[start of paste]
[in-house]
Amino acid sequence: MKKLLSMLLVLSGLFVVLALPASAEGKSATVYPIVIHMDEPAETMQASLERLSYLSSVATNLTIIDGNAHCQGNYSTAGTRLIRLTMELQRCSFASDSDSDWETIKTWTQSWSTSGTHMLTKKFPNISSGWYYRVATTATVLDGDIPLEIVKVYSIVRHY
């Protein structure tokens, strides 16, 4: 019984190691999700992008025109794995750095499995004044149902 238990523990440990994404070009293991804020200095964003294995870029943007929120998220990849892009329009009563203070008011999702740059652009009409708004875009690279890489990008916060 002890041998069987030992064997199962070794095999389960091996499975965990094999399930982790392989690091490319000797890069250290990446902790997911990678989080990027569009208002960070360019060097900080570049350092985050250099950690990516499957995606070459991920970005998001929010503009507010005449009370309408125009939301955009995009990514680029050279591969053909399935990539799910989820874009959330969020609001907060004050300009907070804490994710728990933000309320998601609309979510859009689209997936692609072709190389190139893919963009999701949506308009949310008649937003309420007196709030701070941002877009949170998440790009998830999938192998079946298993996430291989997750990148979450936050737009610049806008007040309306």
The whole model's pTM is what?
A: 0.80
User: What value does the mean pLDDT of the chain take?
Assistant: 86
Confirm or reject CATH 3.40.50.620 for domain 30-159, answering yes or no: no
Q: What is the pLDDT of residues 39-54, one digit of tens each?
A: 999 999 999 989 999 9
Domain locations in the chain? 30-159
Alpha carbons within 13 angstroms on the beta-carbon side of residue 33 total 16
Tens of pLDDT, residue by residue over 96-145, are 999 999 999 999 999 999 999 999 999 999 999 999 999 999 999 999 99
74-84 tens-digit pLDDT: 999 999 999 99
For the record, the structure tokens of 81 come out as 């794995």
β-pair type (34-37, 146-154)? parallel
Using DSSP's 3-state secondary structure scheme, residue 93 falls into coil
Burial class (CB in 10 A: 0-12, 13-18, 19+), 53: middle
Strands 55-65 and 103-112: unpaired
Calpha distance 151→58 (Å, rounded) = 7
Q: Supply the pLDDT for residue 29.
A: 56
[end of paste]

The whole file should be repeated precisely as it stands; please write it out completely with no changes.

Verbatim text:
[in-house]
Amino acid sequence: MKKLLSMLLVLSGLFVVLALPASAEGKSATVYPIVIHMDEPAETMQASLERLSYLSSVATNLTIIDGNAHCQGNYSTAGTRLIRLTMELQRCSFASDSDSDWETIKTWTQSWSTSGTHMLTKKFPNISSGWYYRVATTATVLDGDIPLEIVKVYSIVRHY
């Protein structure tokens, strides 16, 4: 019984190691999700992008025109794995750095499995004044149902 238990523990440990994404070009293991804020200095964003294995870029943007929120998220990849892009329009009563203070008011999702740059652009009409708004875009690279890489990008916060 002890041998069987030992064997199962070794095999389960091996499975965990094999399930982790392989690091490319000797890069250290990446902790997911990678989080990027569009208002960070360019060097900080570049350092985050250099950690990516499957995606070459991920970005998001929010503009507010005449009370309408125009939301955009995009990514680029050279591969053909399935990539799910989820874009959330969020609001907060004050300009907070804490994710728990933000309320998601609309979510859009689209997936692609072709190389190139893919963009999701949506308009949310008649937003309420007196709030701070941002877009949170998440790009998830999938192998079946298993996430291989997750990148979450936050737009610049806008007040309306």
The whole model's pTM is what?
A: 0.80
User: What value does the mean pLDDT of the chain take?
Assistant: 86
Confirm or reject CATH 3.40.50.620 for domain 30-159, answering yes or no: no
Q: What is the pLDDT of residues 39-54, one digit of tens each?
A: 999 999 999 989 999 9
Domain locations in the chain? 30-159
Alpha carbons within 13 angstroms on the beta-carbon side of residue 33 total 16
Tens of pLDDT, residue by residue over 96-145, are 999 999 999 999 999 999 999 999 999 999 999 999 999 999 999 999 99
74-84 tens-digit pLDDT: 999 999 999 99
For the record, the structure tokens of 81 come out as 């794995």
β-pair type (34-37, 146-154)? parallel
Using DSSP's 3-state secondary structure scheme, residue 93 falls into coil
Burial class (CB in 10 A: 0-12, 13-18, 19+), 53: middle
Strands 55-65 and 103-112: unpaired
Calpha distance 151→58 (Å, rounded) = 7
Q: Supply the pLDDT for residue 29.
A: 56